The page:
Cover image for Poems from A child's garden of verse
Title:
Poems from A child's garden of verse

A Poetry pop-up book

A Poetry pop-up book.
Title:
Poems from A child's garden of verse
Publisher Info:
New York : Harper & Row, c1987.
Physical Description:
[12] pages : color illustrations ; 23 cm.
Series:
A Poetry pop-up book

A Poetry pop-up book.
General Note:
Cover title.
Abstract:
Step into the nursery, garden, and sandy shore of Robert Louis Stevenson's classic verse, where fantasy springs to life with all-new, full- color pop-ups.
Added Author:
Added Title:
A child's garden of verse.

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Summary

Author Notes

Novelist, poet, and essayist Robert Louis Stevenson was born in Edinburgh, Scotland. A sickly child, Stevenson was an invalid for part of his childhood and remained in ill health throughout his life. He began studying engineering at Edinburgh University but soon switched to law. His true inclination, however, was for writing. For several years after completing his studies, Stevenson traveled on the Continent, gathering ideas for his writing. His Inland Voyage (1878) and Travels with a Donkey (1878) describe some of his experiences there. A variety of essays and short stories followed, most of which were published in magazines. It was with the publication of Treasure Island in 1883, however, that Stevenson achieved wide recognition and fame. This was followed by his most successful adventure story, Kidnapped, which appeared in 1886.

With stories such as Treasure Island and Kidnapped, Stevenson revived Daniel Defoe's novel of romantic adventure, adding to it psychological analysis. While these stories and others, such as David Balfour and The Master of Ballantrae (1889), are stories of adventure, they are at the same time fine studies of character. The Master of Ballantrae, in particular, is a study of evil character, and this study is taken even further in The Strange Case of Dr. Jekyll and Mr. Hyde (1886).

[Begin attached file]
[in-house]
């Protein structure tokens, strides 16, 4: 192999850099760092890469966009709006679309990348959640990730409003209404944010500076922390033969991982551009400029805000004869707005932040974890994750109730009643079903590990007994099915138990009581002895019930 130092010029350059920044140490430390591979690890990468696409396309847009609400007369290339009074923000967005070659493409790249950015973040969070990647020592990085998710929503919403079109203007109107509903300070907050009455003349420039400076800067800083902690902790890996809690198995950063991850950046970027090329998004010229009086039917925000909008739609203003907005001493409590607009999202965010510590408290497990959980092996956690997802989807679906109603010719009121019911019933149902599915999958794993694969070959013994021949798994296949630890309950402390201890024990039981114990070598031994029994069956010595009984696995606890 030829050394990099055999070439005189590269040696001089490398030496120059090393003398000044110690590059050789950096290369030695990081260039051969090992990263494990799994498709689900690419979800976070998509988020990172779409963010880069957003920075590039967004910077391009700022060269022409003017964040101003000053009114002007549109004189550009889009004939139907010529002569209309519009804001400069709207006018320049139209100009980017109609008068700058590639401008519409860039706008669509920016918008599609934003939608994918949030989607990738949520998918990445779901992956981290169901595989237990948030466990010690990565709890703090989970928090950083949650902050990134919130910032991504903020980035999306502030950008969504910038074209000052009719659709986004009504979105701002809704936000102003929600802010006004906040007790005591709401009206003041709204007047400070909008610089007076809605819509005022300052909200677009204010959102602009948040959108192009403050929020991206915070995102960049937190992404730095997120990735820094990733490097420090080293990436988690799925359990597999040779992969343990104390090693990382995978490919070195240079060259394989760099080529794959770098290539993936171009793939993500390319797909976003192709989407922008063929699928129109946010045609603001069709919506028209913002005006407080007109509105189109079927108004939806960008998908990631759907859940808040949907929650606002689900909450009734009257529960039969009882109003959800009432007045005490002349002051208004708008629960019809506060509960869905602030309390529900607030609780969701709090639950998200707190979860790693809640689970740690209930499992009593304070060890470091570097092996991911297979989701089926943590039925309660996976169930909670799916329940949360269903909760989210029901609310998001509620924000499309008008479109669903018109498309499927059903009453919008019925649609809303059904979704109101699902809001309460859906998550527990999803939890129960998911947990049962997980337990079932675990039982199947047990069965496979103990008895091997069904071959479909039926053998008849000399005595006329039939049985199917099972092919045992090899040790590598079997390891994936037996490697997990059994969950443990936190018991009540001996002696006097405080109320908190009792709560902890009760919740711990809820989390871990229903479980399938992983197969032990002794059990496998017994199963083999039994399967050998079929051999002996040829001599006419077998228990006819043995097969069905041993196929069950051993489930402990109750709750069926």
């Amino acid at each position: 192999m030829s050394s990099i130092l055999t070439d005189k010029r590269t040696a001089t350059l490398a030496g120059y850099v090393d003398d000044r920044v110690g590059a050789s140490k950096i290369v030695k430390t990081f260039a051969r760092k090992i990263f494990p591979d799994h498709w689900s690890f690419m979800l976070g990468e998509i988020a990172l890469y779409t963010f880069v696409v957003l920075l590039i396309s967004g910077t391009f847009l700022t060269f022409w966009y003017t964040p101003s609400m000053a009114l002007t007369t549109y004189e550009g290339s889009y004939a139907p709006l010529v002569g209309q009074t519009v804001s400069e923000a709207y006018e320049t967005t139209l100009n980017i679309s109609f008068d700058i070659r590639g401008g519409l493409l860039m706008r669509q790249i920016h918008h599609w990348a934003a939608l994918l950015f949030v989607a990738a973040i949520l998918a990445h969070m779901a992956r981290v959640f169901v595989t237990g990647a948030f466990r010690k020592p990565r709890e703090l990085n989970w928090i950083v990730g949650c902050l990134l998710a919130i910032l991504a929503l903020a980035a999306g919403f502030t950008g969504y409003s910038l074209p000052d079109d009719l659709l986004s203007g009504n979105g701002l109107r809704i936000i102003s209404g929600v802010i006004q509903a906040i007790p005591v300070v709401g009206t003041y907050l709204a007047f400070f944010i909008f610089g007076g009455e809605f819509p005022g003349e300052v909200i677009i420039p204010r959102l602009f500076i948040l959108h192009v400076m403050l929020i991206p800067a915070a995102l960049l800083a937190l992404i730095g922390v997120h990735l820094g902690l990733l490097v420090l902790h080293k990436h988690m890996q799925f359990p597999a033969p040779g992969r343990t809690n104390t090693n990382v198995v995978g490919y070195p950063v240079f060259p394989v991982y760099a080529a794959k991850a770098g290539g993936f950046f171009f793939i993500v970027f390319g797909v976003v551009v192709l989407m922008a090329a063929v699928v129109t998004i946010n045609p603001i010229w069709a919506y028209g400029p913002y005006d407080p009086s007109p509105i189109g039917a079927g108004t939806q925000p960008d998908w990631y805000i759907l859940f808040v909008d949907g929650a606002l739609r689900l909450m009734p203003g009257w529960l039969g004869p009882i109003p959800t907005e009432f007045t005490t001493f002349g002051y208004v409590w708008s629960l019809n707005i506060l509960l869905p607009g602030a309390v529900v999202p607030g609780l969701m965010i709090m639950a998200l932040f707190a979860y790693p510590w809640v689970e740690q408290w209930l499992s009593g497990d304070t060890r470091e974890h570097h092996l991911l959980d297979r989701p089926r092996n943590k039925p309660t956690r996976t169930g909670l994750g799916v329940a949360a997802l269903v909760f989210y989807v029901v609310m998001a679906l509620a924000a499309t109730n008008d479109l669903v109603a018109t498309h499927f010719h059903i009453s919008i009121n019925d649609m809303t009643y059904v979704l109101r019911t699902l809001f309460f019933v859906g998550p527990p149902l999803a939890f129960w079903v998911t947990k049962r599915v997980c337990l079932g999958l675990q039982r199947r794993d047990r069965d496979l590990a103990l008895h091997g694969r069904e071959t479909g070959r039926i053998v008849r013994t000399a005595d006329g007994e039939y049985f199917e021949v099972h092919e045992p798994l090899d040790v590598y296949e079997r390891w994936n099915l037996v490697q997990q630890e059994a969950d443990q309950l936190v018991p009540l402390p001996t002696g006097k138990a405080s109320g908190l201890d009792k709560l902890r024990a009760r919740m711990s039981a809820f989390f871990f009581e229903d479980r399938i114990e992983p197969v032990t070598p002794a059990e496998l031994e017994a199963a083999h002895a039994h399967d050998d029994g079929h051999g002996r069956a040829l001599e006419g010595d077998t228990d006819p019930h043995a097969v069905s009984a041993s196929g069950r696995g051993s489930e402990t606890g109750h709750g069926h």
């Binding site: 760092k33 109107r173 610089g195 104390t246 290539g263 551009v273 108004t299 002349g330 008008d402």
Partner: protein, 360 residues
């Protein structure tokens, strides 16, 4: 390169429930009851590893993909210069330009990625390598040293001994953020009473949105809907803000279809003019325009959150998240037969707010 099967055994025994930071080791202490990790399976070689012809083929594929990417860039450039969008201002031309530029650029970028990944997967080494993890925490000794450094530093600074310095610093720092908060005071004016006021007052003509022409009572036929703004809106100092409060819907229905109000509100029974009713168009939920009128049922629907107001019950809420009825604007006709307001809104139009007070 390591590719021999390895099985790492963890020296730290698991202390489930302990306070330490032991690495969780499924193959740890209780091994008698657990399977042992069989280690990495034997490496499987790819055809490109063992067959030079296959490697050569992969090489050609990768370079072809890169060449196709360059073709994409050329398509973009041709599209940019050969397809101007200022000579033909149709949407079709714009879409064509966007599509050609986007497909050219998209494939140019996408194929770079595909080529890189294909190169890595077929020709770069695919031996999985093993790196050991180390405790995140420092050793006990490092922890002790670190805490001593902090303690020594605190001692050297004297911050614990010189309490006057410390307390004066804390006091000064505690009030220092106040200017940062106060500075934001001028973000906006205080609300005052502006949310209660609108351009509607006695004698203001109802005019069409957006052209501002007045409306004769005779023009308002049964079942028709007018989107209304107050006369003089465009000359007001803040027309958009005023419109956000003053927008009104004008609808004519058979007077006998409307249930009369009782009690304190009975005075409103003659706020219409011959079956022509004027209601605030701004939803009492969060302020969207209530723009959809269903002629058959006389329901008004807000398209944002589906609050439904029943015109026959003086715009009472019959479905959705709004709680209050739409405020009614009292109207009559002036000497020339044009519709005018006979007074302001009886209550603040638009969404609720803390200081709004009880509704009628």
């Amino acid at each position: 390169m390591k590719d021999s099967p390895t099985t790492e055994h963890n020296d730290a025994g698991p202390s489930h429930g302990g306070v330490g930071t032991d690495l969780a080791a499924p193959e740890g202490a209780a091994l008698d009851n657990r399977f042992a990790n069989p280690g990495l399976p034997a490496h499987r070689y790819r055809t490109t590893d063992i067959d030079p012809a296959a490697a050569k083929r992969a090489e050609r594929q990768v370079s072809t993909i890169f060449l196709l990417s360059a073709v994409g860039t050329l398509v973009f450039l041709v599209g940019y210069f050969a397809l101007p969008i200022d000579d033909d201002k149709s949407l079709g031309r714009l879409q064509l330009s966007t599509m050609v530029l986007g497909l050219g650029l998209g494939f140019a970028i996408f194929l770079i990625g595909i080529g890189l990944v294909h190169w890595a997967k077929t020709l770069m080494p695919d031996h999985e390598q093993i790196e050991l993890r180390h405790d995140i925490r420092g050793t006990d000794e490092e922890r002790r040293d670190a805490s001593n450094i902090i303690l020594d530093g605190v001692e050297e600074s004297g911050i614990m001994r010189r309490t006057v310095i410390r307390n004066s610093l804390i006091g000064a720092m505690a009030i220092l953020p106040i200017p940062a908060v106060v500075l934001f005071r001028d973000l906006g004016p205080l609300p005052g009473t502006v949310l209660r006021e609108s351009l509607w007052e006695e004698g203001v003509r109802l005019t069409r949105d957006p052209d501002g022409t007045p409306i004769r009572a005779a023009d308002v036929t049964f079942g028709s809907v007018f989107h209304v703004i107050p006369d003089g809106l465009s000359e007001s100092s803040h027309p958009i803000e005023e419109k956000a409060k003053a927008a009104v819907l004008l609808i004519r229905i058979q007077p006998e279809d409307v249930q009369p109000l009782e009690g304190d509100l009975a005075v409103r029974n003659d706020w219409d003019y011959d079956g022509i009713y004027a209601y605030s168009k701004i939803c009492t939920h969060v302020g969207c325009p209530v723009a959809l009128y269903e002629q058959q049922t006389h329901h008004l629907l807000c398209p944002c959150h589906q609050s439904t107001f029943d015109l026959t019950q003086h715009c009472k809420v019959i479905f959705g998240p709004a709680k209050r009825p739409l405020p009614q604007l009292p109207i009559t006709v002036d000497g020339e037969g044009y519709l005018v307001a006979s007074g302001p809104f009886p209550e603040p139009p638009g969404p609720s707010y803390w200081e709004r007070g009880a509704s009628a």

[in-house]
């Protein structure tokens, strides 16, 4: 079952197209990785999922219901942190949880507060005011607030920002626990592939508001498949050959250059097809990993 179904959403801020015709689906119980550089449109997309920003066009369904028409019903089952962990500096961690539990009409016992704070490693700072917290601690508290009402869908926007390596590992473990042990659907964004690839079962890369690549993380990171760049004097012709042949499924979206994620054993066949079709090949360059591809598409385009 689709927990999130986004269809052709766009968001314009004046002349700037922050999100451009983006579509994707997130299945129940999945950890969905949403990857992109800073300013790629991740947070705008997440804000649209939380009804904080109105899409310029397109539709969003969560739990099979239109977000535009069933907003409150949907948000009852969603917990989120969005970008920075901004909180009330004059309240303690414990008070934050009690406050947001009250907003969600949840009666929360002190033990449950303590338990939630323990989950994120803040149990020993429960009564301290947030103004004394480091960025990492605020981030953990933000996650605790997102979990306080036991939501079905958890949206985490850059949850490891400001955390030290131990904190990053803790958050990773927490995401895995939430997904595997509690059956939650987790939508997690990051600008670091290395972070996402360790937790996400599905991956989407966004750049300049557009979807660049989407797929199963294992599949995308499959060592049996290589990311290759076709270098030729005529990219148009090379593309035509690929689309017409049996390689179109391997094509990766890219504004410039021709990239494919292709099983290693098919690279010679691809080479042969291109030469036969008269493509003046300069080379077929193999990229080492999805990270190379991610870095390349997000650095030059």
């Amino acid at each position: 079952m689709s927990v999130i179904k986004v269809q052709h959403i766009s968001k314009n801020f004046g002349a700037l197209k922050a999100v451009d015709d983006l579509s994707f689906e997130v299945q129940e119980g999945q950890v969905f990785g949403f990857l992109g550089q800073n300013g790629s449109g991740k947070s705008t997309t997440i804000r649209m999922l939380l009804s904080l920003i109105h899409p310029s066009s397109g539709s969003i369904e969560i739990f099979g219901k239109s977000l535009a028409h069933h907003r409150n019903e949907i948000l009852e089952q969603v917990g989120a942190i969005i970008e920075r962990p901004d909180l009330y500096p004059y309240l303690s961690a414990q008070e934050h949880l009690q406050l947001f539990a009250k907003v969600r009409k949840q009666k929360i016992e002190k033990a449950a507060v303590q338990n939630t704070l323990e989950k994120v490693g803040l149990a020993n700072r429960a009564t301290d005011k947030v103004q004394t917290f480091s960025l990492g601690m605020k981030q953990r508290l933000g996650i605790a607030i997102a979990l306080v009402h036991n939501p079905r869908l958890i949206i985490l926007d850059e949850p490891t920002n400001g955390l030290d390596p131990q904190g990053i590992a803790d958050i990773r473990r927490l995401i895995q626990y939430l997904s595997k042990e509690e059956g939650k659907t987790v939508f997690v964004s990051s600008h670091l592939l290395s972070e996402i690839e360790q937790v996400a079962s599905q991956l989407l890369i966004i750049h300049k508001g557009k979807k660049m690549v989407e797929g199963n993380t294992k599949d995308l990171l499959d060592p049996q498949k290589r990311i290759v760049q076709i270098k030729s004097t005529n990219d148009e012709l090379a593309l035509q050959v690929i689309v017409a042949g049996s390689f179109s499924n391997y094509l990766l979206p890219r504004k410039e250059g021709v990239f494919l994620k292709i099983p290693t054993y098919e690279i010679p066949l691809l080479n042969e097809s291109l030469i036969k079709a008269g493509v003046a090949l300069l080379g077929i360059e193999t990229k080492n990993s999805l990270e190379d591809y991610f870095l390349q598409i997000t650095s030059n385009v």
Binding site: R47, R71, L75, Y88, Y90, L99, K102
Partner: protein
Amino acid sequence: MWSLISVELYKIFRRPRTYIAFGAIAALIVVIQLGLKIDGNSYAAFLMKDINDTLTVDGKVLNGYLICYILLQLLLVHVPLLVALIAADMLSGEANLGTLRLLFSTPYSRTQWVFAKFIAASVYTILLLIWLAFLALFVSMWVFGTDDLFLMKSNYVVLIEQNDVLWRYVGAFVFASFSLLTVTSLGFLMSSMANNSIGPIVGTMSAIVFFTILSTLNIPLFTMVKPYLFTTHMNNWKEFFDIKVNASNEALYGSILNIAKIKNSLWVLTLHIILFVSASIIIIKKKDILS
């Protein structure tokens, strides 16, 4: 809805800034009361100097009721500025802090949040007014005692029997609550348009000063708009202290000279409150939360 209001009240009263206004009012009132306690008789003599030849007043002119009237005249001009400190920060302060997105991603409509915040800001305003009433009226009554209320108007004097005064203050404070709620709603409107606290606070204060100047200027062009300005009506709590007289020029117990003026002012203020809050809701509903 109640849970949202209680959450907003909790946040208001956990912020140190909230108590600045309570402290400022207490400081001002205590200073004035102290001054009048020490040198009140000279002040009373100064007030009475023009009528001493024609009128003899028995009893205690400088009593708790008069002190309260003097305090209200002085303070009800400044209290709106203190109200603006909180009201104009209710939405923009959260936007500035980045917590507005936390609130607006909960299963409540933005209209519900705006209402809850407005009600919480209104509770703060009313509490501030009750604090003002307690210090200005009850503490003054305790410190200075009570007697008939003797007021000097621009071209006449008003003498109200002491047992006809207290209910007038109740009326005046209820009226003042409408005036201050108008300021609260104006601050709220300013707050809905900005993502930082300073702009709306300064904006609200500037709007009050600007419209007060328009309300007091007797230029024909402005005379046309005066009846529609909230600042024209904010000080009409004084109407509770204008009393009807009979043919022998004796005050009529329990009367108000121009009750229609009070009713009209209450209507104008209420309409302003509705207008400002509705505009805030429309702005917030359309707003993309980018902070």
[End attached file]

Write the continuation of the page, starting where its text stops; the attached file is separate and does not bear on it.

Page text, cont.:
In 1887 Stevenson and his wife, Fanny, went to the United States, first to the health spas of Saranac Lake, New York, and then on to the West Coast. From there they set out for the South Seas in 1889. Except for one trip to Sidney, Australia, Stevenson spent the remainder of his life on the island of Samoa with his devoted wife and stepson. While there he wrote The Wrecker (1892), Island Nights Entertainments (1893), and Catriona (1893), a sequel to Kidnapped. He also worked on St. Ives and The Weir of Hermiston, which many consider to be his masterpiece. He died suddenly of apoplexy, leaving both of these works unfinished. Both were published posthumously; St. Ives was completed by Sir Arthur Quiller-Couch, and The Weir of Hermiston was published unfinished. Stevenson was buried on Samoa, an island he had come to love very much.

Although Stevenson's novels are perhaps more accomplished, his short stories are also vivid and memorable. All show his power of invention, his command of the macabre and the eerie, and the psychological depth of his characterization.

(Bowker Author Biography)


Reviews 1

Publisher's Weekly Review

While neither Robert Louis Stevenson nor Edward Lear could have foreseen their poems as pop-ups, the form is not without advantages. The Owl and the Pussycat is best served here, with Littlejohn's realistic twosome rowing out to sea and later dancing beneath the moon, as fish jump in the background. The poems from A Child's Garden have static scenes of stiff children; the pictures are not nearly as imaginative as the verses. These two books will strike some as device over substance, and yet the pop-ups may serve to introduce readers to a sampling of the works and entice them to go on to other, more elaborate volumes of Stevenson and Lear. Ages 4-8. (June) (c) Copyright PWxyz, LLC. All rights reserved